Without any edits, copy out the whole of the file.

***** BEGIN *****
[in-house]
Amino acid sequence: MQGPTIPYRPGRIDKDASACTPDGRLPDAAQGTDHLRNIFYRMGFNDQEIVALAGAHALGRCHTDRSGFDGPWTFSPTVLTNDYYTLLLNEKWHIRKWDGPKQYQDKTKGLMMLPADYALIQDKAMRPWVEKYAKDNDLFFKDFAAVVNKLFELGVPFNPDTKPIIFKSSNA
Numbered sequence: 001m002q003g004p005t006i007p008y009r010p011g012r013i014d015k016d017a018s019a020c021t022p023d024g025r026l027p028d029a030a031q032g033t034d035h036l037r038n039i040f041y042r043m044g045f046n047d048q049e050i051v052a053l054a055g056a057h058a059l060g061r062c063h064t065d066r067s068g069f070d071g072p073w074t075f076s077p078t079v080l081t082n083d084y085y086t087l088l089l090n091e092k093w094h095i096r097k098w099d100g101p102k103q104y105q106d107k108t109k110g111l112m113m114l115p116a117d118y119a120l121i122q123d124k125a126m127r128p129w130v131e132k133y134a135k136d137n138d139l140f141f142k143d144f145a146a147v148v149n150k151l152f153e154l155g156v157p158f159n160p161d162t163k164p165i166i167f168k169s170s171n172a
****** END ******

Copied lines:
[in-house]
Amino acid sequence: MQGPTIPYRPGRIDKDASACTPDGRLPDAAQGTDHLRNIFYRMGFNDQEIVALAGAHALGRCHTDRSGFDGPWTFSPTVLTNDYYTLLLNEKWHIRKWDGPKQYQDKTKGLMMLPADYALIQDKAMRPWVEKYAKDNDLFFKDFAAVVNKLFELGVPFNPDTKPIIFKSSNA
Numbered sequence: 001m002q003g004p005t006i007p008y009r010p011g012r013i014d015k016d017a018s019a020c021t022p023d024g025r026l027p028d029a030a031q032g033t034d035h036l037r038n039i040f041y042r043m044g045f046n047d048q049e050i051v052a053l054a055g056a057h058a059l060g061r062c063h064t065d066r067s068g069f070d071g072p073w074t075f076s077p078t079v080l081t082n083d084y085y086t087l088l089l090n091e092k093w094h095i096r097k098w099d100g101p102k103q104y105q106d107k108t109k110g111l112m113m114l115p116a117d118y119a120l121i122q123d124k125a126m127r128p129w130v131e132k133y134a135k136d137n138d139l140f141f142k143d144f145a146a147v148v149n150k151l152f153e154l155g156v157p158f159n160p161d162t163k164p165i166i167f168k169s170s171n172a